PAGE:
I did another fantastic trip to costa rica in November 2016 and here are some of the images and some behind the scene images. Hope you enjoy them. I would strongly suggest doing your homework before you plan a trip to the rainforests especially if you are coming here for the first time. Start a few months in advance, get a guide book and make a list of target birds that you want to get.
It took me almost 2 years to research and know more about costa rica and during this process I spent a lot of time knowing the people, their culture, the wildlife the topography and many more things. I always work with the local hard working guides who live in the habitat they bird in and that makes them the real experts.
I usually fly into San Jose International airport and pick up our vehicle at the airport. I have been fortunate to work with some very experienced biologists in the past who know the country very well and have been great friends with me.
The first of 4 stops was 3 hours away from the airport and in the lowland forests where we spent 3 nights and during this time we shot tons of tanagers, toucans, parrots and oropendulas and the tough to photograph King Vulture.
I then moved to the central pacific in search of more elusive wildlife and as per our plan (and a huge pile of luck) I found the rarest of rare sightings in costa rica – a margay cat. During my time at this resort we birded in a couple of local feeders and enjoyed some great local food and coffee and made some friends for life.
Like most of my trips i try to keep things different from most other birding trips found online. In a country like costa rica it is very easy to comfortably sit on a resort deck and shoot birds in a feeder (which is a great way to make some amazing images) but at the same time costa rica offers plenty of species that do not visit feeders and need some walking in the snake infested forests to find them.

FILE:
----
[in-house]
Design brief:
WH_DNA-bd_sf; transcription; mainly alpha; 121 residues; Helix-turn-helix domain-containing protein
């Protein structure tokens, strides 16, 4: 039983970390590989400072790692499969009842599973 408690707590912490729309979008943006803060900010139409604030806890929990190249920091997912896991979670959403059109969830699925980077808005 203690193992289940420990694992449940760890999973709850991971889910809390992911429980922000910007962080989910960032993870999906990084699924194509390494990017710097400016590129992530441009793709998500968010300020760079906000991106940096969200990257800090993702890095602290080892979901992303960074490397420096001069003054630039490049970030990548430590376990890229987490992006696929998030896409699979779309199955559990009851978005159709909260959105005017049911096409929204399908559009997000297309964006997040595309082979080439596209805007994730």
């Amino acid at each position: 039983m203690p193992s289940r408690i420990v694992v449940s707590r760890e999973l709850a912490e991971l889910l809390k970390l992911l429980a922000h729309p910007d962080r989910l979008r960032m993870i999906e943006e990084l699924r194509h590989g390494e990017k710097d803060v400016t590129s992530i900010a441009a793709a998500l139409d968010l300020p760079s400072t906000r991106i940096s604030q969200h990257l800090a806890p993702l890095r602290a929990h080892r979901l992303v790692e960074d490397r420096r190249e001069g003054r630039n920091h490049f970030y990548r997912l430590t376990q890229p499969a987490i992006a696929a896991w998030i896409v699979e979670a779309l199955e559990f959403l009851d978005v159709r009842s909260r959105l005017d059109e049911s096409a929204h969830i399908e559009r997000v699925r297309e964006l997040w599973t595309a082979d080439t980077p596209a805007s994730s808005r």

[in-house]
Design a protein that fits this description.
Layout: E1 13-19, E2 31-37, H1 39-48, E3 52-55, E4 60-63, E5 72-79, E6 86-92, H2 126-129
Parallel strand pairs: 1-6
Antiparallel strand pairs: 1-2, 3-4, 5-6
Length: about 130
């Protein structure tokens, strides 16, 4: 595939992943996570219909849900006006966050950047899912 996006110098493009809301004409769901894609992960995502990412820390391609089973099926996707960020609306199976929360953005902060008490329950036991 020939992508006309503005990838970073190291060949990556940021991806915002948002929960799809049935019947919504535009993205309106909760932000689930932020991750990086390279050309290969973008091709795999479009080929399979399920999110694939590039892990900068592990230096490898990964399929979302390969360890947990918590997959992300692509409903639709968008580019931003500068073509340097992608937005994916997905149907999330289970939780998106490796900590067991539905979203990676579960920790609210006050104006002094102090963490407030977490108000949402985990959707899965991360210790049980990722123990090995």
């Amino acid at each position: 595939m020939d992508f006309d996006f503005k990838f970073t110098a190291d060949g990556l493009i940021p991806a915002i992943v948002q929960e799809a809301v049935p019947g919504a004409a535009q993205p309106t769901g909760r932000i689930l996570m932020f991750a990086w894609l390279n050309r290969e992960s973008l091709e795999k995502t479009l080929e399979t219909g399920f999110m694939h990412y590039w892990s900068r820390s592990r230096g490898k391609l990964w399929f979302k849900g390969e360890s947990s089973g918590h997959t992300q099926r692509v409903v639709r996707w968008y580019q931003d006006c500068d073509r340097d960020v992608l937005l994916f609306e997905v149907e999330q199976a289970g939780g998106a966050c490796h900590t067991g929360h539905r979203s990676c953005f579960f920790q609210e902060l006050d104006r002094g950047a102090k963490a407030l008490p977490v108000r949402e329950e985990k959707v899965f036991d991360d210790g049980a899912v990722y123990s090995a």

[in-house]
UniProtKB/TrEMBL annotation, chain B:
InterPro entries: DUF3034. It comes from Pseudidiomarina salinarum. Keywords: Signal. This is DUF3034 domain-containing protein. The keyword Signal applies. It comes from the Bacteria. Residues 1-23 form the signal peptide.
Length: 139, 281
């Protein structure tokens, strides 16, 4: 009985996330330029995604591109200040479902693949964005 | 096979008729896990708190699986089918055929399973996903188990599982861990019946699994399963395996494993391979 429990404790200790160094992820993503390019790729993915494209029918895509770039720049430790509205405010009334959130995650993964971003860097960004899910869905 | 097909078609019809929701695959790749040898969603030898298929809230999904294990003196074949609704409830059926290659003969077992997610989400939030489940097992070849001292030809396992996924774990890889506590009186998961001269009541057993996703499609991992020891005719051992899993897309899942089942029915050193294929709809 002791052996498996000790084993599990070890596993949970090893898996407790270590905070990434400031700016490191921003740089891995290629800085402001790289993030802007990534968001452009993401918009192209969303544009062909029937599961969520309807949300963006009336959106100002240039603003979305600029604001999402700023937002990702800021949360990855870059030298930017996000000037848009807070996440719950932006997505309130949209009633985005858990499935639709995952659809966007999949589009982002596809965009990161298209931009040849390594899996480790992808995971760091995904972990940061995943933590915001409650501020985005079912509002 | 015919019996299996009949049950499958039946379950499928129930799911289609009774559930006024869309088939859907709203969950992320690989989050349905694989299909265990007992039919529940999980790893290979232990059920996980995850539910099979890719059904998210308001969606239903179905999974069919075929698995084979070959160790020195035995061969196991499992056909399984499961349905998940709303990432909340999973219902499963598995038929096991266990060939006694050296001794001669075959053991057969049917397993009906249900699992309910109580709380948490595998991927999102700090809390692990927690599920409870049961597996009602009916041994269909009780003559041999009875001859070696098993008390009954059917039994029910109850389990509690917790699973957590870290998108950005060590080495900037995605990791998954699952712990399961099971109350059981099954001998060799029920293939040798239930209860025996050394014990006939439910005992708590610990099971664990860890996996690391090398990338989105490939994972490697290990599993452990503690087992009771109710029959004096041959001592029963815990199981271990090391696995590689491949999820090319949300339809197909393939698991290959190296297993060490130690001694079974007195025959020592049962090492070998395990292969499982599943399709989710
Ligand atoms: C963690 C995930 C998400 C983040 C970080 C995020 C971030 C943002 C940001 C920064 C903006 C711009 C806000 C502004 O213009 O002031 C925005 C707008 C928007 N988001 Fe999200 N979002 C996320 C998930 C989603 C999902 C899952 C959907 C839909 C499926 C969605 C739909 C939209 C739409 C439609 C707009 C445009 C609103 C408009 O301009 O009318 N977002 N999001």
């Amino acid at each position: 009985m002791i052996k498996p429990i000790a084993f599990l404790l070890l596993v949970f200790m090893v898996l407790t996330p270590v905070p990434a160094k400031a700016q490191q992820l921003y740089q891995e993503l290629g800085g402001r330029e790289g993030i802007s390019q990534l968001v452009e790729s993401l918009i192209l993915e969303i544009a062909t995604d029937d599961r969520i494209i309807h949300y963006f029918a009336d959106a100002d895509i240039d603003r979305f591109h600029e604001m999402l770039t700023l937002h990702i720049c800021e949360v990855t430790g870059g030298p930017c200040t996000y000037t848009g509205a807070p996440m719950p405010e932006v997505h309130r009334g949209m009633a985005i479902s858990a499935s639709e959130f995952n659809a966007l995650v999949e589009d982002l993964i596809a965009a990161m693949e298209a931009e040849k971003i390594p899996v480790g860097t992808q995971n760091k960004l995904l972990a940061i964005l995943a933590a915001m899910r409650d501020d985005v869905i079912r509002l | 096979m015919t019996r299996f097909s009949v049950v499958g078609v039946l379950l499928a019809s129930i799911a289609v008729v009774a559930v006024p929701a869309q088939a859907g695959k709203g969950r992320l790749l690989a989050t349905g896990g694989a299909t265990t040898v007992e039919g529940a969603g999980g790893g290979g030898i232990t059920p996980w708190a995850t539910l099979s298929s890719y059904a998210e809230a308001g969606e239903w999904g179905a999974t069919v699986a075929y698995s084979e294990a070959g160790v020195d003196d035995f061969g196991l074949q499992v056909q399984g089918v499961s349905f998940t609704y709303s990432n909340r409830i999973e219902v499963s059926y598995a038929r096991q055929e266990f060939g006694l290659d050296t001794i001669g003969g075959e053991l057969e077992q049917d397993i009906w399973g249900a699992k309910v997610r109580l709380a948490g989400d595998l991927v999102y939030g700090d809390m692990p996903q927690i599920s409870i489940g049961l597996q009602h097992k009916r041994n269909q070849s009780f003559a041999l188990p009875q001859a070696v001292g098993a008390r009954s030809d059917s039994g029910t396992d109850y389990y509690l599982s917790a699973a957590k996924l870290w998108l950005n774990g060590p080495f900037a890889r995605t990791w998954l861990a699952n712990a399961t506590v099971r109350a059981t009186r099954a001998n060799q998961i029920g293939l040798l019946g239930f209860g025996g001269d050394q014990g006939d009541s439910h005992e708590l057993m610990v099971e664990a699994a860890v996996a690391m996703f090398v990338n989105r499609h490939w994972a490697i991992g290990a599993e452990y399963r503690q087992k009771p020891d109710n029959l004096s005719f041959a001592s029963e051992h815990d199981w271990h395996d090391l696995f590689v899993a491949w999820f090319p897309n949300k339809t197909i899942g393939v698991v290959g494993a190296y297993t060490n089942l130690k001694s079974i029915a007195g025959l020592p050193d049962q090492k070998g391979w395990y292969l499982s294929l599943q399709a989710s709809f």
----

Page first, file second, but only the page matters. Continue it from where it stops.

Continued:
For example the image below of a thicket antpitta was only possible after a walk of 30 minutes inside the forest. We knew about a tentative location in advance and even then it took us an hour of waiting before this guy appeared for a few seconds never to be seen again.
For the rest of the trip I made 2 more stops, one at the central pacific and the other at the talamanca range. My list of birds was very specific and i made it sure not to deviate from that under any condition.
During the planning phase i connected with a few very talented naturalists in Costa Rica who helped me find some interesting birds of prey and owls. These birds are usually tough to find and needs a lot of local knowledge, patience and right timing of the year. From my list we managed to tick the beautiful bat falcon, roadside hawk, broad winged hawk, white tailed kite, spectacled owl, black hawk, harris' hawk, barred forest falcon and a few more.
Our last stop was the obvious, a bird watcher and photographers mecca - The Resplendent Quetzal. We spent just one day due to a change of plans but as luck would have it I managed to shoot some amazing close range images of this beautiful bird.
Followed by this I spent a long session shooting humming birds in flight at the Talamanca forest. If you wish to know more about setting up a multi flash setup to shoot hummers pls click here.
Overall I spent 10 days in this bird paradise, recorded over 100 different species and made some great friends for life. During this trip I also realized that my job here was not done and there is still a lot to achieve. I have planned 2 more trips in 2017, 1 where i am taking a small group of close friends and bird watchers and 1 where i am guiding for a wildlife tour company's trip from India.
Continue to visit this website regularly to know more about birding in South America and the rain forests. I have trips planned to Ecuador, Brazil, Mexico and Guyana coming soon. If you are interested to more about this trip, get contacts or want help in planning in general do not hesitate to reach me as i would love to help anyone who is planing a trip to any of these countries.